Crystallography Restriction

If a discrete group of displacements in the plane has more than one center of rotation, then the only rotations that can occur are by 2, 3, 4, and 6. This can be shown as follows. It must be true that the sum of the interior angles divided by the number of sides is a divisor of 360 degrees.

 (180 degrees(n-2))/n=(360 degrees)/m,

where m is an integer. Therefore, symmetry will be possible only for


where m is an integer. This will hold for 1-, 2-, 3-, 4-, and 6-fold symmetry. That it does not hold for n>6 is seen by noting that n=6 corresponds to m=3. The m=2 case requires that n=n-2 (impossible), and the m=1 case requires that n=-2 (also impossible).

The point groups that satisfy the crystallographic restriction are called crystallographic point groups.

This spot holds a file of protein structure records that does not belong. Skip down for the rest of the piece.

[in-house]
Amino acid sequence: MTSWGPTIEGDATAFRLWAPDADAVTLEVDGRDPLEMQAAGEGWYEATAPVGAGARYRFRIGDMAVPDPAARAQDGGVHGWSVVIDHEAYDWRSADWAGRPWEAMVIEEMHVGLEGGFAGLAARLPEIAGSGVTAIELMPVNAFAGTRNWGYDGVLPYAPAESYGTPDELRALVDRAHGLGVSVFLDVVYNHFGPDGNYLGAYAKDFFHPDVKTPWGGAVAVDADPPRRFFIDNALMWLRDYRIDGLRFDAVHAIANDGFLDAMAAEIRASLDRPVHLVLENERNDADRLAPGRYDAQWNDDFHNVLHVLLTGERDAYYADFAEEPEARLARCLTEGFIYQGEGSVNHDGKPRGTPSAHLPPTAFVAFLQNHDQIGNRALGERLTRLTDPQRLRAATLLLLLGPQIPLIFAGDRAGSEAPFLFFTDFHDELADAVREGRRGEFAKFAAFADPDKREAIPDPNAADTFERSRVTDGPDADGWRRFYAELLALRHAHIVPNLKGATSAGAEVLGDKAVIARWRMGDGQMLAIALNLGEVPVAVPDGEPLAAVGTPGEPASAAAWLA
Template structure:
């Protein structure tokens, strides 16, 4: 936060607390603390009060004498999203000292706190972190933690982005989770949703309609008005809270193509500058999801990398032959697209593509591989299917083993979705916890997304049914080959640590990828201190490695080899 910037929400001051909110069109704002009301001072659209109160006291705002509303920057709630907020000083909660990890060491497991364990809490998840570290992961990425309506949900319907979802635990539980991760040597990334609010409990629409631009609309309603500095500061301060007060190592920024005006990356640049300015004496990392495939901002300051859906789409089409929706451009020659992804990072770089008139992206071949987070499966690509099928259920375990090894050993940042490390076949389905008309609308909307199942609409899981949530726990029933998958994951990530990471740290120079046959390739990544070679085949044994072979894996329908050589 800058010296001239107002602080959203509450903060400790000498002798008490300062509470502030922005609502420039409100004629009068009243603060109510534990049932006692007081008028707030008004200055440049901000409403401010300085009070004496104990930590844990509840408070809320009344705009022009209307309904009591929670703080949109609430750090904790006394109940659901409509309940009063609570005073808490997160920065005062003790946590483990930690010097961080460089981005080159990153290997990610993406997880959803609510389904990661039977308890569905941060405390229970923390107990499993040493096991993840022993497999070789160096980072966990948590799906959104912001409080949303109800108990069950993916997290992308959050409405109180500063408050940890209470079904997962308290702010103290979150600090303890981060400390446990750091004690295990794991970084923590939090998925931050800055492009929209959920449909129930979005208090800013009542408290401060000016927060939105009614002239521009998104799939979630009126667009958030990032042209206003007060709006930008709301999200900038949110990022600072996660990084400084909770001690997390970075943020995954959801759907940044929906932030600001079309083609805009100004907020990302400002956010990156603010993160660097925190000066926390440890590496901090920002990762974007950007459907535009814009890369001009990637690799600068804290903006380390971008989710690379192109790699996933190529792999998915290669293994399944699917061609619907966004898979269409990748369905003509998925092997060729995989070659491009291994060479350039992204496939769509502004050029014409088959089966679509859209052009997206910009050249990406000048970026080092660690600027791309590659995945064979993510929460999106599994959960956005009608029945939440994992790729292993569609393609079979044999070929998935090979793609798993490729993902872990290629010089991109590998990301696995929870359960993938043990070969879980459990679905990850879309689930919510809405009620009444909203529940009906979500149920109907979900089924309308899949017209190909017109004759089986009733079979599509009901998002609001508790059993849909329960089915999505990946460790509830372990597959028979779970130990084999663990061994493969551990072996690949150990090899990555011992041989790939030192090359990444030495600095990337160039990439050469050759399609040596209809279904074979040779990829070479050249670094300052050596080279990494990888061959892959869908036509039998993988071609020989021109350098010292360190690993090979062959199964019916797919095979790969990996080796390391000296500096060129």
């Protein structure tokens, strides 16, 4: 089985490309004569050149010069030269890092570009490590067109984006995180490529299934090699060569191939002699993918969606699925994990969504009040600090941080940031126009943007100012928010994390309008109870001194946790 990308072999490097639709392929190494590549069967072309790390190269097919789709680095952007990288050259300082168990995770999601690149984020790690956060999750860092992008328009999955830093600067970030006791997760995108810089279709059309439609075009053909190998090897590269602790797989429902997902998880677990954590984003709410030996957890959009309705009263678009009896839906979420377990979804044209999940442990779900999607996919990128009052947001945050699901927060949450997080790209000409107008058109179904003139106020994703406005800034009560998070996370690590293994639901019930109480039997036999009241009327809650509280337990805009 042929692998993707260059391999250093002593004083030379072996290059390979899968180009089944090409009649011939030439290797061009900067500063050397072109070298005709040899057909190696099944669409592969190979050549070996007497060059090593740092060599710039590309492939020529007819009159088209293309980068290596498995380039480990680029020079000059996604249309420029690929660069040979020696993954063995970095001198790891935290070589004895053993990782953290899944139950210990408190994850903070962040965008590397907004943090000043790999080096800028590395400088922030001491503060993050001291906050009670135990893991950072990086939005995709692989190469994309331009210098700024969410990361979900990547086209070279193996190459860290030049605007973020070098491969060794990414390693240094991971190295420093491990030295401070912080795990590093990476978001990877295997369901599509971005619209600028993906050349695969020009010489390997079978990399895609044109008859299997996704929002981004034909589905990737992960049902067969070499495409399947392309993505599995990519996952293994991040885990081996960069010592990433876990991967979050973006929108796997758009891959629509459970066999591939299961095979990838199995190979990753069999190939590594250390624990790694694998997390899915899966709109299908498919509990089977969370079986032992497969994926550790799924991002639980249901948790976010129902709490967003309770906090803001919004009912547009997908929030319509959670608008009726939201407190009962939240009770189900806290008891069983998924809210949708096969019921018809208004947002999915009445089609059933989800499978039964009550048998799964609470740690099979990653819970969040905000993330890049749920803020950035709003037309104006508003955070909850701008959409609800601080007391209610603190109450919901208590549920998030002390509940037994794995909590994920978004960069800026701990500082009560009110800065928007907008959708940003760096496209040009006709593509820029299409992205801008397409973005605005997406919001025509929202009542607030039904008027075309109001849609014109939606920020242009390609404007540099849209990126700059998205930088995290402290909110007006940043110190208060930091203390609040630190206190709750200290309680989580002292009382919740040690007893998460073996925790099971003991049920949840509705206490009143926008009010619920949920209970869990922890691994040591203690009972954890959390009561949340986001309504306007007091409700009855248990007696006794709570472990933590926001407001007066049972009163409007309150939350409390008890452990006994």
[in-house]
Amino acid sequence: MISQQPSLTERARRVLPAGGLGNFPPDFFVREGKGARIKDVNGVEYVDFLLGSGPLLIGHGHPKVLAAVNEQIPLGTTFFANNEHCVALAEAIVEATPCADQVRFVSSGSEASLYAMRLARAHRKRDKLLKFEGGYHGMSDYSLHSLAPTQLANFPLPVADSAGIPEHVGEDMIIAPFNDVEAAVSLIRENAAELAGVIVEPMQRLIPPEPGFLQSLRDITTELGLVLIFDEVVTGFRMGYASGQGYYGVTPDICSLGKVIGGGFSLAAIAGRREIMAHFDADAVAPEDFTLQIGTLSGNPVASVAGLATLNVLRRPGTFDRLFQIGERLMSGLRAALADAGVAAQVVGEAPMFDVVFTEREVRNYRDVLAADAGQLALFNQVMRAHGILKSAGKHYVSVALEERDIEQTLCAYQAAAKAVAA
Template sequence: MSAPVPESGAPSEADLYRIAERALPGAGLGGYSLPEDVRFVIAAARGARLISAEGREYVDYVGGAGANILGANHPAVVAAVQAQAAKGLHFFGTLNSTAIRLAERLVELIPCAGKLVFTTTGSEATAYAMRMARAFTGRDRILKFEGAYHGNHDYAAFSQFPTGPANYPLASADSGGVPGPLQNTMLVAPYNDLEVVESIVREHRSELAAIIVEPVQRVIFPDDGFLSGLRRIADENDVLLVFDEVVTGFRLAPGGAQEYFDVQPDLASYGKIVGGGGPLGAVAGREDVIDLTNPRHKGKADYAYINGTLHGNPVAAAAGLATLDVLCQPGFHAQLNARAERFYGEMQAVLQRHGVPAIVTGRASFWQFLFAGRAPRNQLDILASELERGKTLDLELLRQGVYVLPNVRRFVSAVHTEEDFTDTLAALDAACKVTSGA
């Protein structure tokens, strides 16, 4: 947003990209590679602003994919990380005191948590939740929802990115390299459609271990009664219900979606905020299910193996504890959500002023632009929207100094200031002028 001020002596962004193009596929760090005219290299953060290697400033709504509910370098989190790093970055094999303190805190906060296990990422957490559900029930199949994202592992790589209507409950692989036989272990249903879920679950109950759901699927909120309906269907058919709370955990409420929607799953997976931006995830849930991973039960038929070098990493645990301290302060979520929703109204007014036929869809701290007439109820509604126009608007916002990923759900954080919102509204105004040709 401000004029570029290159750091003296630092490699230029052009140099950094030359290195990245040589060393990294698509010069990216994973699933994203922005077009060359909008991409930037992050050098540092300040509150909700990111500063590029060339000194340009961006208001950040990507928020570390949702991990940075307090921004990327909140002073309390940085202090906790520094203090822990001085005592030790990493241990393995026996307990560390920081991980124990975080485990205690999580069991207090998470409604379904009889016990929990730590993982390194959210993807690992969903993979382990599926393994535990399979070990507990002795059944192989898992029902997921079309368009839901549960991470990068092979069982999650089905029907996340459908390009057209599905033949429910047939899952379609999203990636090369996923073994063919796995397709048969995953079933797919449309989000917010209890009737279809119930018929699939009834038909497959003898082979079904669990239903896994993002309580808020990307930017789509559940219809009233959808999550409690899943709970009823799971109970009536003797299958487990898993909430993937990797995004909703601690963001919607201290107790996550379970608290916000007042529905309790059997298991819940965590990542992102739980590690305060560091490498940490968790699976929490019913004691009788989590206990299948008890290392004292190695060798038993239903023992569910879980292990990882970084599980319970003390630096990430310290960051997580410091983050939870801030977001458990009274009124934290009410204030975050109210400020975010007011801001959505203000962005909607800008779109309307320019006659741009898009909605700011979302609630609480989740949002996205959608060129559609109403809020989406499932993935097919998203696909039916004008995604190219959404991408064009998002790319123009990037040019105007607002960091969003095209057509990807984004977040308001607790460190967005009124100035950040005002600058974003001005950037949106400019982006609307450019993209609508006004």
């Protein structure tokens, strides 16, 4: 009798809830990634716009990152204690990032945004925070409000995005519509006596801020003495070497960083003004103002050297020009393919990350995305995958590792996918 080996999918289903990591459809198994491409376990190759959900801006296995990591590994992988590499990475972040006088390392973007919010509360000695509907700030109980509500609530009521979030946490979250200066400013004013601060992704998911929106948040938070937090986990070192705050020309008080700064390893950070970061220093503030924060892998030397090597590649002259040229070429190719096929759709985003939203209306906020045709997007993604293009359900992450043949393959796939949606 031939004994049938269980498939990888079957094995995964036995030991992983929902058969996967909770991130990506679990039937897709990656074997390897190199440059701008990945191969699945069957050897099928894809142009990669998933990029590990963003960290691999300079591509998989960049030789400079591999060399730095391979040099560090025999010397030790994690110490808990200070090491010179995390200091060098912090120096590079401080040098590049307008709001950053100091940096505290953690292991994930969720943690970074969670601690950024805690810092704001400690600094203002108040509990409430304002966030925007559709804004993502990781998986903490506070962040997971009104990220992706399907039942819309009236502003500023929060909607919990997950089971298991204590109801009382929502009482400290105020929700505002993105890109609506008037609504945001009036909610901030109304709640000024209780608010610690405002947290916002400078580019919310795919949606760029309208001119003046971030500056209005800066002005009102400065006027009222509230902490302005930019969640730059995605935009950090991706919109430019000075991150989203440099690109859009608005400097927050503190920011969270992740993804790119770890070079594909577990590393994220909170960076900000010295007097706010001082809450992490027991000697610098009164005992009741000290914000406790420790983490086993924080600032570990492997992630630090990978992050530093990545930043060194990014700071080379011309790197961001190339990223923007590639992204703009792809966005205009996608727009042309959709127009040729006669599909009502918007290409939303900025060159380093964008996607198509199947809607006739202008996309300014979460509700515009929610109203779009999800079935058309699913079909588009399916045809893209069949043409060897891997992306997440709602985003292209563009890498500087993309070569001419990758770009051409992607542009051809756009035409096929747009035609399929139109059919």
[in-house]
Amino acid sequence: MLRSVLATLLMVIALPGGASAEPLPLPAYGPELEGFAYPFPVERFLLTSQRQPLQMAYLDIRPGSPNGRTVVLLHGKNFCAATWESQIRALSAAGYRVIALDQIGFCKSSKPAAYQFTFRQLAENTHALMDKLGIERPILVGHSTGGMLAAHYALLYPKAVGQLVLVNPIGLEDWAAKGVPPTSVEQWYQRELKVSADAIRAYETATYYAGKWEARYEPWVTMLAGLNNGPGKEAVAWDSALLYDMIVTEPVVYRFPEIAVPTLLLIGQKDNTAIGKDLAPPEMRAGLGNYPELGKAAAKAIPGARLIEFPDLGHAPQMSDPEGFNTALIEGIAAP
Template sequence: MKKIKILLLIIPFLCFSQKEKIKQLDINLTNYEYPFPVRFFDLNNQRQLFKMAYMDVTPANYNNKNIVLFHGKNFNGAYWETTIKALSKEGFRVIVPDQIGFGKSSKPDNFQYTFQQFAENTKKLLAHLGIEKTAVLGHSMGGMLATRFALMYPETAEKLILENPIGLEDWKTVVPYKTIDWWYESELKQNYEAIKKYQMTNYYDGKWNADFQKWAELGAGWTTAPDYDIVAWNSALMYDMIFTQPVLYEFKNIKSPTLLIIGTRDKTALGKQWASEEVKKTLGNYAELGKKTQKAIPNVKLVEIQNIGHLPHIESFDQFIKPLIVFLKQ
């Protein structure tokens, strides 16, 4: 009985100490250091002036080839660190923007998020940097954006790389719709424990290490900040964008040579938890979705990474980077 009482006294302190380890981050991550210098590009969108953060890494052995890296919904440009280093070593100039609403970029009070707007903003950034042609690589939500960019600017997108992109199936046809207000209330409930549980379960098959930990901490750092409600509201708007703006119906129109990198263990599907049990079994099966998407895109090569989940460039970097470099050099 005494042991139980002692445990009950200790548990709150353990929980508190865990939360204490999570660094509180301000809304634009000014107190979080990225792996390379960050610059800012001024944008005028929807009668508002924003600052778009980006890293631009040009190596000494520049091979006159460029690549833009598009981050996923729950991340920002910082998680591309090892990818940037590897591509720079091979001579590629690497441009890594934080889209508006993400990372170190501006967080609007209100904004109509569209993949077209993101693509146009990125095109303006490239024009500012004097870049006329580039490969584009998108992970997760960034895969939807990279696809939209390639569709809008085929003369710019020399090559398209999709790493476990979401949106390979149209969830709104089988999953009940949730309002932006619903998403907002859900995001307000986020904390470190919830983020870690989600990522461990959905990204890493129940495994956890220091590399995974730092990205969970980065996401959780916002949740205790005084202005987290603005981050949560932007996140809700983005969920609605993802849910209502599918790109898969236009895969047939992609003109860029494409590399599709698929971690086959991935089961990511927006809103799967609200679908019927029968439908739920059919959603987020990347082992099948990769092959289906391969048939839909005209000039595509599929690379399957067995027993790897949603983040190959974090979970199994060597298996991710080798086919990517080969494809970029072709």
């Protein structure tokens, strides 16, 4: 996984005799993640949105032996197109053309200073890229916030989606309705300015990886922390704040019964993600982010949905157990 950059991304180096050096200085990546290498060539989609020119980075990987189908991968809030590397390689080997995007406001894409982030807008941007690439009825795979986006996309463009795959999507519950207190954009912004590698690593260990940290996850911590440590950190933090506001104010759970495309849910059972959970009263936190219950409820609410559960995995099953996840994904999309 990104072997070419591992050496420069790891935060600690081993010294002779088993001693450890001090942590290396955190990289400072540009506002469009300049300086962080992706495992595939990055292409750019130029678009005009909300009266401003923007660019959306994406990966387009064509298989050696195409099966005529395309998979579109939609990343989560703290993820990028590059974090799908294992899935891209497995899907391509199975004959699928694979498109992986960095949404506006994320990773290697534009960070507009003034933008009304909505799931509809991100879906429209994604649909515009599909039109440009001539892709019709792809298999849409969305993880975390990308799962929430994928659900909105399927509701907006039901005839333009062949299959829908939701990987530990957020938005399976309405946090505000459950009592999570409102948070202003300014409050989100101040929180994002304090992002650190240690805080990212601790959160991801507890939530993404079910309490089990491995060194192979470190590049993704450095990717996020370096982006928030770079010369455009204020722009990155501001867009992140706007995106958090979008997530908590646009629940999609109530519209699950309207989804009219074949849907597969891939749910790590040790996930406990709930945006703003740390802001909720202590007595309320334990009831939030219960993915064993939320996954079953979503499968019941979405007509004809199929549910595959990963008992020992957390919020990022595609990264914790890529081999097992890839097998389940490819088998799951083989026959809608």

Although n-fold rotations for n differing from 2, 3, 4, and 6 are forbidden in the strict sense of perfect crystallographic symmetry, there are exotic materials called quasicrystals that display these symmetries. In 1984, D. Shechtman discovered a class of aluminum alloys whose X-ray diffraction patterns display 5-fold symmetry. Since this was long known to be crystallographically forbidden, this came as quite a shock initially, until it became apparent that materials exist which are not exact crystals but very nearly so which display symmetries forbidden by actual crystals. Many known quasicrystals can be thought of as three-dimensional analogs of the aperiodic tiling produced by Penrose tiles.

See also

Crystallographic Point Groups, Penrose Tiles, Point Groups, Symmetry

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Hilbert, D. and Cohn-Vossen, S. Geometry and the Imagination. New York: Chelsea, p. 5, 1999.Radin, C. Miles of Tiles. Providence, RI: Amer. Math. Soc., p. 5, 1999.Steinhaus, H. Mathematical Snapshots, 3rd ed. New York: Dover, p. 304, 1999.Yale, P. B. Geometry and Symmetry. New York: Dover, p. 104, 1988.

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Crystallography Restriction

Cite this as:

Weisstein, Eric W. "Crystallography Restriction." From MathWorld--A Wolfram Web Resource.

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